it's closed loop, that that's probably true.
    I understand. I also see an alternative explanation (based on my Canon
    experience), for what you observed. I don't have any experience with Sony
    gear, so I'm just speculating from the possibility that it is also open
    loop. The explaination I get from that is as plausible as yours. :- )

    Can you try this? Put a pile of extension tubes on that lens, and see what
    it does when you try to focus on a well-lit high-contrast target. Does it
    rack in and out like it did in the absent squirrel shot?
    Wilba, Apr 16, 2009
  16. Wilba

    Bob Larter Guest

    That is, by definition, a closed-loop process.
    A fully closed-loop system wouldn't require much in the way of
    individual lens calibration, which is an expensive process. Canon lenses
    have a lookup table in ROM that's created when the lens is calibrated in
    the factory.
    That's very dependant on the electronics for each. You can't say, as an
    absolute, that either is faster than the other, as there are so many
    Bob Larter, Apr 16, 2009
  17. Wilba

    Bob Larter Guest

    Again, this behaviour is closed-loop.

    Cf: <>
    Also: <>
    Bob Larter, Apr 16, 2009
  18. I'd use a computer screen and a computer controlled remote
    switch ...
    Especially long tele lenses when defocussed a lot will prevent the
    linear sensors detecting a usable pattern ... and thus cause the
    fall back method of hunting once through the entire focus range:
    Not proven.
    Because of "focus and recompose", maybe?
    If you *have* to wait until focus has been archived, you spend a
    lot of time waiting while the subject is getting away ...
    even if you have decoupled AF from the half-pressed shutter.
    How so?
    Some lenses report a roughly stepped distance, which is
    mainly used for ETTL-2 "on camera hotshoe" flash photography.
    Is that what you mean?
    If you want a closed loop, don't use one shot! Try AI servo
    instead and live with it's limitations. You may want to decouple
    the AF activation from the shutter, since you cannot do any focus
    and recompose otherwise.

    Wolfgang Weisselberg, Apr 16, 2009
  19. That could explain your experience. And if it was what happened in my
    squirrel experiment it would re-interpret that in a way which meant it
    couldn't be taken as evidence for closed loop autofocus. The reason I
    think that unlikely is that the squirrel's dark head against the light
    sky provided an excellent contrast edge for autofocus. I've just
    recalibrated the autofocus mechanism of my camera because it was
    backfocussing with that very critical 500mm f8 lens. I've been
    assessing the accuracy and speed of the adjusted autofocus with that
    lens by photographing the local squirrels a lot. When the squirrel has
    held its pose against the sky in dozens and possibly hundreds of shots
    I've never seen it fail to lock focus on a squirrel against the sky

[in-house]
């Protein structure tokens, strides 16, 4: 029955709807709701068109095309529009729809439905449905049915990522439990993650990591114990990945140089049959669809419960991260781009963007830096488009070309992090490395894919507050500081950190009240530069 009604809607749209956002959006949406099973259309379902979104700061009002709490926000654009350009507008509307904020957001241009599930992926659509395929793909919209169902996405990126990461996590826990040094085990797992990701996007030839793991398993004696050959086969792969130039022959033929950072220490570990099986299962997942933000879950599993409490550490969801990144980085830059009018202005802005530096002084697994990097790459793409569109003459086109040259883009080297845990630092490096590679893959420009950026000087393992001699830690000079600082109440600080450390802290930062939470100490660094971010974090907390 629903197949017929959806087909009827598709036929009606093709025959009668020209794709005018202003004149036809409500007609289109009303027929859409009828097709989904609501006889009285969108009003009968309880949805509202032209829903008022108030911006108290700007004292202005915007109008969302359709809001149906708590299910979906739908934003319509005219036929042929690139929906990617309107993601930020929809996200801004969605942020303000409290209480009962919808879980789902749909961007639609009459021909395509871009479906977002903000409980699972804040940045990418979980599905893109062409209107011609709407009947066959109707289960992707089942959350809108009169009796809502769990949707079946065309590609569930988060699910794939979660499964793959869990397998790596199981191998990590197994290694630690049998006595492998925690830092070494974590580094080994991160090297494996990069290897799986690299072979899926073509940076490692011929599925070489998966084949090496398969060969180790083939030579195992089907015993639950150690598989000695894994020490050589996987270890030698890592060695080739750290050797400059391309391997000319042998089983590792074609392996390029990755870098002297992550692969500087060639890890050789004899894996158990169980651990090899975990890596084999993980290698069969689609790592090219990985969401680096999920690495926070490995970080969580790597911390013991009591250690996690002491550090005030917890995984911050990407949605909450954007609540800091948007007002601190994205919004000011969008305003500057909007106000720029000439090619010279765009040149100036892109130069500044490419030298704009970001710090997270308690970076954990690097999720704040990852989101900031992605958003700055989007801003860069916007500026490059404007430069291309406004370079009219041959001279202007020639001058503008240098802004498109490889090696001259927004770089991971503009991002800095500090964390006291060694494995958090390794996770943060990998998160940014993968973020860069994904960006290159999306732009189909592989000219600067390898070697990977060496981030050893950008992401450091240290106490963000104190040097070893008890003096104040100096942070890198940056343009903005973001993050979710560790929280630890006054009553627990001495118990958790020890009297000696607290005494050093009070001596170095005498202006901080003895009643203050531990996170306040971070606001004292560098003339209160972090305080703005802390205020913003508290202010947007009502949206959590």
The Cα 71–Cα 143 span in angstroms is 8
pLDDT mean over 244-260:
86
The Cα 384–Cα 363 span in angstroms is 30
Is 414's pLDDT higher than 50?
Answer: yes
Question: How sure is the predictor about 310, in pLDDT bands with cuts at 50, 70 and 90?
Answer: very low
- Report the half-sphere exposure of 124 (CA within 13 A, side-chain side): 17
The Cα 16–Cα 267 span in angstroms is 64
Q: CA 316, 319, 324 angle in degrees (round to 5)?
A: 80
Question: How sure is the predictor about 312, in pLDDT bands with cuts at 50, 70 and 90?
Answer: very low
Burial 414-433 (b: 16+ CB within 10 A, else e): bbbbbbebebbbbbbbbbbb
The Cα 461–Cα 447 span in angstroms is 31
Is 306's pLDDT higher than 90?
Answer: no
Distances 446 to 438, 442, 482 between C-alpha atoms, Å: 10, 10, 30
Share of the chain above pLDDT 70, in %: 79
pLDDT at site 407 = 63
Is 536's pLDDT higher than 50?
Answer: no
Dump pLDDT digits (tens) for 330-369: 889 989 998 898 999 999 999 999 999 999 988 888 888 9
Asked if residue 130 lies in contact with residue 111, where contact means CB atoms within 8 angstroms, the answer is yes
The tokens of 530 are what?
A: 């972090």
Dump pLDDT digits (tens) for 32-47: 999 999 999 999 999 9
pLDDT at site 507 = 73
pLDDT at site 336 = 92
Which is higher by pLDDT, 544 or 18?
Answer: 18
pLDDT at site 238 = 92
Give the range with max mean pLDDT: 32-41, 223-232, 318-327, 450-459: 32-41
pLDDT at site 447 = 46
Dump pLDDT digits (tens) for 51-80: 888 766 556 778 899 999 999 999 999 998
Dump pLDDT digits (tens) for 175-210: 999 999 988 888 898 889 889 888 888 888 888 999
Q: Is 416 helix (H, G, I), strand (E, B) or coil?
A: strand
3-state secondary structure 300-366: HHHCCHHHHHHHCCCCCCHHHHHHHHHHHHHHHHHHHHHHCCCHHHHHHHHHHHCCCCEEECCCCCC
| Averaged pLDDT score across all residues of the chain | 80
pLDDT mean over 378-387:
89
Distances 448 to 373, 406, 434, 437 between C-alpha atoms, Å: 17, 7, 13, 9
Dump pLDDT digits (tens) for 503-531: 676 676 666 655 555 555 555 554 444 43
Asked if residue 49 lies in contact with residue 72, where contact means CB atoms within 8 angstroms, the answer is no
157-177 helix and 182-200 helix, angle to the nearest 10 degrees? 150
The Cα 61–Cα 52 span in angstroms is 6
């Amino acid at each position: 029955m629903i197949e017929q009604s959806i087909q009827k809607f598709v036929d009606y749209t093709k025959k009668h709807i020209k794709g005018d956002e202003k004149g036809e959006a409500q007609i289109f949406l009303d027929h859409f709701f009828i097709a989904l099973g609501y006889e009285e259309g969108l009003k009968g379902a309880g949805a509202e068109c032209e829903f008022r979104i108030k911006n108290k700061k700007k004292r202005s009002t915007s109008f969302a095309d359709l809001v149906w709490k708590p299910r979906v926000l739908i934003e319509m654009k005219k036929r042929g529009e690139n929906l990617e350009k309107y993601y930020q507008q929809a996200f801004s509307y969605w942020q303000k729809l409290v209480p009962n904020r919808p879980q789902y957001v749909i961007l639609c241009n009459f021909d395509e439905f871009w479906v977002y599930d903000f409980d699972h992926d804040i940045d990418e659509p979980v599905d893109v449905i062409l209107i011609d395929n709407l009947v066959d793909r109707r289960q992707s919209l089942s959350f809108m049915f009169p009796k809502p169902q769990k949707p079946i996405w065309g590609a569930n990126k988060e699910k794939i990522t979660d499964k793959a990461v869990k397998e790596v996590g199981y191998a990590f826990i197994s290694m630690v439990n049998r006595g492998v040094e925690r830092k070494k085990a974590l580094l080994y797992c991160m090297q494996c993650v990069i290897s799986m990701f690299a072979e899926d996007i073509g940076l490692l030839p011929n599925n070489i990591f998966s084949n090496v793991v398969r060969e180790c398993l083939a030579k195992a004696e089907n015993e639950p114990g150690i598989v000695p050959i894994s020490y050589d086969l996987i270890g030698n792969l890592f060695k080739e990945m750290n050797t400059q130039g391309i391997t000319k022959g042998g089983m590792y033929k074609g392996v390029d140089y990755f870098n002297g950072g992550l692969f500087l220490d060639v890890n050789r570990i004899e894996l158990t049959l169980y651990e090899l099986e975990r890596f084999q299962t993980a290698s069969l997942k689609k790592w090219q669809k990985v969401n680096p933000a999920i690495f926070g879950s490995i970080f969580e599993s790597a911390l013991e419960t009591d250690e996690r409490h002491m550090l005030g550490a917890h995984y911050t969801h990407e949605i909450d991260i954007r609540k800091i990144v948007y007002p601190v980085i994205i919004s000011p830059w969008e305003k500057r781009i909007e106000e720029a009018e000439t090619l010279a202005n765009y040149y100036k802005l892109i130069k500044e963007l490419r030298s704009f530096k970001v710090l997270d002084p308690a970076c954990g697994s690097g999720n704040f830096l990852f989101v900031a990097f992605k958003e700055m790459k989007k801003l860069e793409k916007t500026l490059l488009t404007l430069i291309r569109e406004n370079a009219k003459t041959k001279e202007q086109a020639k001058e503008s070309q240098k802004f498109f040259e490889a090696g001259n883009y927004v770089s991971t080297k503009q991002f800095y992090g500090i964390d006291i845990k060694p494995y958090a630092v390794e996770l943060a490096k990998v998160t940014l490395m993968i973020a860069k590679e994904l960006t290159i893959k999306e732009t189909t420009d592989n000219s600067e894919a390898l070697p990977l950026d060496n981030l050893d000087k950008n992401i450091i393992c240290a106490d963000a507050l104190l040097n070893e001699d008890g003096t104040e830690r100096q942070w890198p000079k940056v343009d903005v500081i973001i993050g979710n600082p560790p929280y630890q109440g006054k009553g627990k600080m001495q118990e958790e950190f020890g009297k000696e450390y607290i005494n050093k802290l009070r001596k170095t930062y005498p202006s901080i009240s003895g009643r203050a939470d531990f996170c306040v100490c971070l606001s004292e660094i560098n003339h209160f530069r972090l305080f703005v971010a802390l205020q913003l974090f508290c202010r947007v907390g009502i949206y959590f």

My problem with that idea is that the details of autofocus are so
    intricately technical that almost everyone I've read expounding on it
    has got at least bits of it wrong, and many otherwise very well
    technically educated photographers sometimes have quite serious
    misconceptions about it. In other words it's one of those rather
    confusing counter-intuitive topics that you really have to work to
    understand yourself rather than rely on the words of an authority.
    I don't have any extension tubes, and for autofocus to continue to
    work on my camera they'd have to carry the electrical contacts through
    and so wouldn't be cheap. What I can say is that with this camera I've
    never noticed that racking in and out on a high contrast subject with
    any lens. I'd have noticed that, because it does often happen if a
    very low contrast area happens to be placed on the AF focus area, in
    which case I make a point of shifting the camera to get something high
    contrast at a suitable distance to focus on, then locking focus and
    returning to the original composition.

    When doing close macro photography the only times I can recall the
    behaviour you describe is when I'm working right on the edge of
    closest focus distance, and happen inadvertently to have moved the
    camera too close.
    Chris Malcolm, Apr 18, 2009
  20. And at least some of their cameras also have a ROM table of lenses
    which they match with the information from the lens to determine the
    specific autofocus behaviour for that lens. As do at least some Sony
    cameras. Which doesn't argue against AF being closed loop, because the
    closed loop which runs (if it does) is based on taking readings from
    an AF sensor of a specific aperture. There are ways in which for some
    lenses the best critical focus of the image is sometimes slightly
    offset from the best position as measured by the AF sensor. For
    example some lenses have aperture related focus drift, and so need a
    little aperture-related focus adjustment for best focus when the
    aperture you're using for the photograph differs from the AF sensor's
    effective aperture.
    Chris Malcolm, Apr 18, 2009